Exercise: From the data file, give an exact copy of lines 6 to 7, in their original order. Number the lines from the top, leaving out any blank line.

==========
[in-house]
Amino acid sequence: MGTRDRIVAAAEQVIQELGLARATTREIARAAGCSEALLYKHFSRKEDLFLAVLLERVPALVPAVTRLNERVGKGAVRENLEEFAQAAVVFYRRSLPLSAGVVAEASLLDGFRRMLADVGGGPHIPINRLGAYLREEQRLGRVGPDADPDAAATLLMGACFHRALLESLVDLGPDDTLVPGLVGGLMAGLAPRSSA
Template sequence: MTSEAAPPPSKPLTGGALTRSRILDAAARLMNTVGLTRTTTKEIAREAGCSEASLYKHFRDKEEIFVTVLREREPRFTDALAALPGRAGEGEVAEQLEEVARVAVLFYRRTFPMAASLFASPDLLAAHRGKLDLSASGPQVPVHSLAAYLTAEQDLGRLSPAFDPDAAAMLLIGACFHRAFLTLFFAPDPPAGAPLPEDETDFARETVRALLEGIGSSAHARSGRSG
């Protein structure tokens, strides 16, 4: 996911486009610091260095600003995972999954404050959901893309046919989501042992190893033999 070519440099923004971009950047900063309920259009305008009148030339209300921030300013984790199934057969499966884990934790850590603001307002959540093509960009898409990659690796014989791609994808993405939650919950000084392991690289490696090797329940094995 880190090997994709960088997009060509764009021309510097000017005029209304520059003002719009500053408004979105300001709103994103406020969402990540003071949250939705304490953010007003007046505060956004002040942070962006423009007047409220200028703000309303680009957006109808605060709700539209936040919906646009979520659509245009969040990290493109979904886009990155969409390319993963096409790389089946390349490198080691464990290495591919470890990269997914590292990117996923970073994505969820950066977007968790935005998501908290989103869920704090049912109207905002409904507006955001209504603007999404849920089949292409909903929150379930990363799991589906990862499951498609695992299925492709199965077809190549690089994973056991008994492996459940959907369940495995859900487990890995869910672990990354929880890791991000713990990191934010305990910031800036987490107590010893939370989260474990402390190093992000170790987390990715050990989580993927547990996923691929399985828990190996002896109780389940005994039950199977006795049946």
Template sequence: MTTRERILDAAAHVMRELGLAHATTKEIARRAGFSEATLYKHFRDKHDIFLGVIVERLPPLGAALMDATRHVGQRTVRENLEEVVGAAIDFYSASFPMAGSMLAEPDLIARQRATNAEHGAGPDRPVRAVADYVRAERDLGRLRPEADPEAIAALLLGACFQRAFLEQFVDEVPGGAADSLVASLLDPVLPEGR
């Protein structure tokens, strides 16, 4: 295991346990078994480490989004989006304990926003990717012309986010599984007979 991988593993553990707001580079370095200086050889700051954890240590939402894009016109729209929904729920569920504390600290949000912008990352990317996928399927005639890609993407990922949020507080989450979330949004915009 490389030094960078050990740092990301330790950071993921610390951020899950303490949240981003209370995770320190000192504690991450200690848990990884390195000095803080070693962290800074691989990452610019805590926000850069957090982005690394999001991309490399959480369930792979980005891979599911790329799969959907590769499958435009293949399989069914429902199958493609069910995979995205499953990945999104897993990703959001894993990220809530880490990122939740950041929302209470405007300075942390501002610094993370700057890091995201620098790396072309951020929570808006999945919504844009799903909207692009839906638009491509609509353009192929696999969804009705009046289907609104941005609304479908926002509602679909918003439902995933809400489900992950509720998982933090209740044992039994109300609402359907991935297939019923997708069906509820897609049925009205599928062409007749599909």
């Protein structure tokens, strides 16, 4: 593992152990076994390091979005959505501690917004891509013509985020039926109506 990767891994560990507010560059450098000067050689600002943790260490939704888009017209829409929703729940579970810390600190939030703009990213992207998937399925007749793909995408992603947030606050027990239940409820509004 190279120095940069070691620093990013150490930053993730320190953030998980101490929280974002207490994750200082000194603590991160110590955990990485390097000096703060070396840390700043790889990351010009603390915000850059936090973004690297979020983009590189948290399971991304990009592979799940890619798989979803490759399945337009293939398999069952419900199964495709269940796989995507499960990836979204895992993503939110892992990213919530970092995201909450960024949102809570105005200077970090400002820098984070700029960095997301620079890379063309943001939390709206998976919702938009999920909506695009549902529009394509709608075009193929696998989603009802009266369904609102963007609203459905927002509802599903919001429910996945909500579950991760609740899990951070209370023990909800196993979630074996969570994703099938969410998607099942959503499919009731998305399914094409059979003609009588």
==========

């Protein structure tokens, strides 16, 4: 295991346990078994480490989004989006304990926003990717012309986010599984007979 991988593993553990707001580079370095200086050889700051954890240590939402894009016109729209929904729920569920504390600290949000912008990352990317996928399927005639890609993407990922949020507080989450979330949004915009 490389030094960078050990740092990301330790950071993921610390951020899950303490949240981003209370995770320190000192504690991450200690848990990884390195000095803080070693962290800074691989990452610019805590926000850069957090982005690394999001991309490399959480369930792979980005891979599911790329799969959907590769499958435009293949399989069914429902199958493609069910995979995205499953990945999104897993990703959001894993990220809530880490990122939740950041929302209470405007300075942390501002610094993370700057890091995201620098790396072309951020929570808006999945919504844009799903909207692009839906638009491509609509353009192929696999969804009705009046289907609104941005609304479908926002509602679909918003439902995933809400489900992950509720998982933090209740044992039994109300609402359907991935297939019923997708069906509820897609049925009205599928062409007749599909």
């Protein structure tokens, strides 16, 4: 593992152990076994390091979005959505501690917004891509013509985020039926109506 990767891994560990507010560059450098000067050689600002943790260490939704888009017209829409929703729940579970810390600190939030703009990213992207998937399925007749793909995408992603947030606050027990239940409820509004 190279120095940069070691620093990013150490930053993730320190953030998980101490929280974002207490994750200082000194603590991160110590955990990485390097000096703060070396840390700043790889990351010009603390915000850059936090973004690297979020983009590189948290399971991304990009592979799940890619798989979803490759399945337009293939398999069952419900199964495709269940796989995507499960990836979204895992993503939110892992990213919530970092995201909450960024949102809570105005200077970090400002820098984070700029960095997301620079890379063309943001939390709206998976919702938009999920909506695009549902529009394509709608075009193929696998989603009802009266369904609102963007609203459905927002509802599903919001429910996945909500579950991760609740899990951070209370023990909800196993979630074996969570994703099938969410998607099942959503499919009731998305399914094409059979003609009588």